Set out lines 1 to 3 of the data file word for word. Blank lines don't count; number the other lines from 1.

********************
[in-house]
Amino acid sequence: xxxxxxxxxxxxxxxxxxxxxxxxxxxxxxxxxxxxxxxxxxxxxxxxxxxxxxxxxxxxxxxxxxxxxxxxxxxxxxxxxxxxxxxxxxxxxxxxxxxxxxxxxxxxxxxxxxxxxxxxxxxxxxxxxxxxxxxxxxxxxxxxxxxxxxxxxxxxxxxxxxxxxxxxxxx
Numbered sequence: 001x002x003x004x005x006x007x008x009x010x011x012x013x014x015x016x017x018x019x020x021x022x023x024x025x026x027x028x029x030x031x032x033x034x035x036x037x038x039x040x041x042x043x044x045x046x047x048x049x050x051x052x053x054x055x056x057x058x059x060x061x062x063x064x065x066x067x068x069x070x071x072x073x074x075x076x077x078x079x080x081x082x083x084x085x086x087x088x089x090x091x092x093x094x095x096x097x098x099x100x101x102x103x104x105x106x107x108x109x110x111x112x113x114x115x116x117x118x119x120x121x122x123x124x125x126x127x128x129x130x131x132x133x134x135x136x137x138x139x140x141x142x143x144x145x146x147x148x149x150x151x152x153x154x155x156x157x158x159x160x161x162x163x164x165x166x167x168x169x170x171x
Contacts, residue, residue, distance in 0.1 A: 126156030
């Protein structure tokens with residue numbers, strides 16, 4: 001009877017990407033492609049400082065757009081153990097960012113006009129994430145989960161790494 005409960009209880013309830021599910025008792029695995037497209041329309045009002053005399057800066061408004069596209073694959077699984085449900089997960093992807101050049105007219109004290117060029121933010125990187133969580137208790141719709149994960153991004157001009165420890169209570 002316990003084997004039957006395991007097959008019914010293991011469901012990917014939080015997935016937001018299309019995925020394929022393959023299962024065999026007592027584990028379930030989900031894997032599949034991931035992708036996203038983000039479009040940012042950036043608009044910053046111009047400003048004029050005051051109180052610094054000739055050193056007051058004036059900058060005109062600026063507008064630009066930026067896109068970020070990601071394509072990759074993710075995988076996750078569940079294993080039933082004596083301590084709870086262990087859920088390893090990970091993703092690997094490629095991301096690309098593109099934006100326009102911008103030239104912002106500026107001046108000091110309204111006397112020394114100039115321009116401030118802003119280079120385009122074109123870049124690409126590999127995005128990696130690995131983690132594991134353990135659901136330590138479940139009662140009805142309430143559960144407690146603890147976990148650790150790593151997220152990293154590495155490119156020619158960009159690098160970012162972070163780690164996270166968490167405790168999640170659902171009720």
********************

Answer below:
[in-house]
Amino acid sequence: xxxxxxxxxxxxxxxxxxxxxxxxxxxxxxxxxxxxxxxxxxxxxxxxxxxxxxxxxxxxxxxxxxxxxxxxxxxxxxxxxxxxxxxxxxxxxxxxxxxxxxxxxxxxxxxxxxxxxxxxxxxxxxxxxxxxxxxxxxxxxxxxxxxxxxxxxxxxxxxxxxxxxxxxxxx
Numbered sequence: 001x002x003x004x005x006x007x008x009x010x011x012x013x014x015x016x017x018x019x020x021x022x023x024x025x026x027x028x029x030x031x032x033x034x035x036x037x038x039x040x041x042x043x044x045x046x047x048x049x050x051x052x053x054x055x056x057x058x059x060x061x062x063x064x065x066x067x068x069x070x071x072x073x074x075x076x077x078x079x080x081x082x083x084x085x086x087x088x089x090x091x092x093x094x095x096x097x098x099x100x101x102x103x104x105x106x107x108x109x110x111x112x113x114x115x116x117x118x119x120x121x122x123x124x125x126x127x128x129x130x131x132x133x134x135x136x137x138x139x140x141x142x143x144x145x146x147x148x149x150x151x152x153x154x155x156x157x158x159x160x161x162x163x164x165x166x167x168x169x170x171x